We know a lot about the negative impacts of feeding wildlife, and I was happy to see these signs in Morningside Park.

Please Don't Feed Waterfowl.

Please Don’t Feed Waterfowl.

The signs address intentional feeding. But inadvertent feeding, in the form of trash and dropped food, is what keeps our rodent population so healthy – and I’m not just talking about squirrels, like the one below.

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Squirrels don’t need bakery rolls.

Our urban ecosystem works best without hand-outs. Let them forage for themselves.

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Top Posts of 2012, Part One

December 28, 2012
The dog and I thank you.

The dog and I thank you.

As the end of the year approaches, the dog and I would like to thank our loyal readers for their regular visits to Out Walking the Dog. And as our community continues to grow, we’re  delighted to welcome readers – and commenters – from all over North America as well as Great Britain, Italy, Finland, Spain, Japan, Australia, South Africa, and beyond.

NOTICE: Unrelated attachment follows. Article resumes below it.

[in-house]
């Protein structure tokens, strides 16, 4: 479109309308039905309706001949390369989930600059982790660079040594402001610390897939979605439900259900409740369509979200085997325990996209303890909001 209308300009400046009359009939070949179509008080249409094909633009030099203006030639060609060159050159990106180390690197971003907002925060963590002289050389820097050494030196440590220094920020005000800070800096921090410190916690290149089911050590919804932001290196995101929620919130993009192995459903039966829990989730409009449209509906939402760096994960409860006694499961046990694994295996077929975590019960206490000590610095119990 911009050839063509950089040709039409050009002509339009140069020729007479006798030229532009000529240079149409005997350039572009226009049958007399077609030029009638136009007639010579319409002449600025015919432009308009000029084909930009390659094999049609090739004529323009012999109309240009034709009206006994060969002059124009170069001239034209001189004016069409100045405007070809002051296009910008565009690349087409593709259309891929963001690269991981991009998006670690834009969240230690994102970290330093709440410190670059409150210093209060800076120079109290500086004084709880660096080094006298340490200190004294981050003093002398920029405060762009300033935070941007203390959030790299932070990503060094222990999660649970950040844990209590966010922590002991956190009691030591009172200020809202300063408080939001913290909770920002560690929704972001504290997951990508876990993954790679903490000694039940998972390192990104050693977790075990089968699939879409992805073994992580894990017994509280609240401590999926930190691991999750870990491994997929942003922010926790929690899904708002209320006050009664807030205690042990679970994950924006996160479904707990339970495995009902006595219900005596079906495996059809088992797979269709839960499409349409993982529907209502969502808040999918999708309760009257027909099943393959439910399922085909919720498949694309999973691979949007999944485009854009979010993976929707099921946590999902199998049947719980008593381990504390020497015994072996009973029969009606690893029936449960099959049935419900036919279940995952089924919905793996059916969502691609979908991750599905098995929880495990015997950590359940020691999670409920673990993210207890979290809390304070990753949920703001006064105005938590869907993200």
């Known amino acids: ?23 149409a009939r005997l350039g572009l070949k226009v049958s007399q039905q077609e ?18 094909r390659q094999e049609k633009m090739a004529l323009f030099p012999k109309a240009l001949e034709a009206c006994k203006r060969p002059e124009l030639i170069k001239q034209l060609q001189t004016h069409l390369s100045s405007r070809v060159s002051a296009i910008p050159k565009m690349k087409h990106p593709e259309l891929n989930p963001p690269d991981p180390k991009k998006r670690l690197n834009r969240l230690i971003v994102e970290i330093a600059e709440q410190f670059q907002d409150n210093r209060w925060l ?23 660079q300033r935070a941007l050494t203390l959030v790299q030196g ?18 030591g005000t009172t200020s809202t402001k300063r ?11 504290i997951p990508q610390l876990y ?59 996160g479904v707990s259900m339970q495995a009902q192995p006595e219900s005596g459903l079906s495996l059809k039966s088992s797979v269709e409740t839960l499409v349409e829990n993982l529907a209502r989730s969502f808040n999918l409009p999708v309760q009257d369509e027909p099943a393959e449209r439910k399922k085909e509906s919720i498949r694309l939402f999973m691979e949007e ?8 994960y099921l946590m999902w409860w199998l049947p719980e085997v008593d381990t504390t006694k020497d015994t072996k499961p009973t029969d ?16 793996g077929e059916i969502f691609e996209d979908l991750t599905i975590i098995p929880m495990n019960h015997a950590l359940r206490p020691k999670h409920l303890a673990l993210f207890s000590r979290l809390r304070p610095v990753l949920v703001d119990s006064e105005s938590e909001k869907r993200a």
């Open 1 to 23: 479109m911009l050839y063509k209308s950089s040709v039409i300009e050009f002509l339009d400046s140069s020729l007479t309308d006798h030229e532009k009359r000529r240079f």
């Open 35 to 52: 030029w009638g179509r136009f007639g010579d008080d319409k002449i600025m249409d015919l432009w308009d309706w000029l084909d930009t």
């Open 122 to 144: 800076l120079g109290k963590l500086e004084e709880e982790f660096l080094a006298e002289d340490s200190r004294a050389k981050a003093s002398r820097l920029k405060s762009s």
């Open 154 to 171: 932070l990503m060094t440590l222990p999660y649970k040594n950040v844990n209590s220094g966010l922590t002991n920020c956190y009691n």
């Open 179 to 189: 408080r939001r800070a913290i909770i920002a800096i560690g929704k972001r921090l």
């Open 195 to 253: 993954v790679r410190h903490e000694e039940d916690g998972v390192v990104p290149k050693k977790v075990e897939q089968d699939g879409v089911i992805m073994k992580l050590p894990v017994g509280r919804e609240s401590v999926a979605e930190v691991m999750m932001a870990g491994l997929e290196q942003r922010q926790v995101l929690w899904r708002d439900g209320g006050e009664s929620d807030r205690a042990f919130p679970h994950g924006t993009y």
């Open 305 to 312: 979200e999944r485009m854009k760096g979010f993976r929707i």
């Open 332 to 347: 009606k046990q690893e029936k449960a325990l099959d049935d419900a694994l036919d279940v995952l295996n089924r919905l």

Here is the first installment of Out Walking the Dog‘s Ten Most Popular Stories of 2012.  These stories, all written and published in the past year, cover topics that include waiting dogs and feral cats, the effect of human-generated trash on wildlife, the arrival of coyotes on Staten Island, squirrels, and the devastation of Hurricane Sandy. (Oddly, the most popular story of all remains a post I wrote in 2010: Mastodons in Manhattan: How the Honey Locust Tree Got its Spikes. It has received far and away the most hits each and every year for three years now. Go figure.)

Most Popular Stories, Ten through Six

White kitten, Randall's Island, NYC.

White kitten, Randall’s Island.

10. Lives of City Cats: The Working and the Feral explores the lifestyles of NYC felines from cats that work to keep delis and bodegas mouse-free to feral cats that roam urban parks and streets. Free-roaming cats, both domestic and feral, cause a surprising amount of ecological damage as they kill birds that evolved without defenses against these efficient non-native carnivores. Are Trap-Neuter-Release programs a humane response to feral cat colonies or part of a larger ecological problem?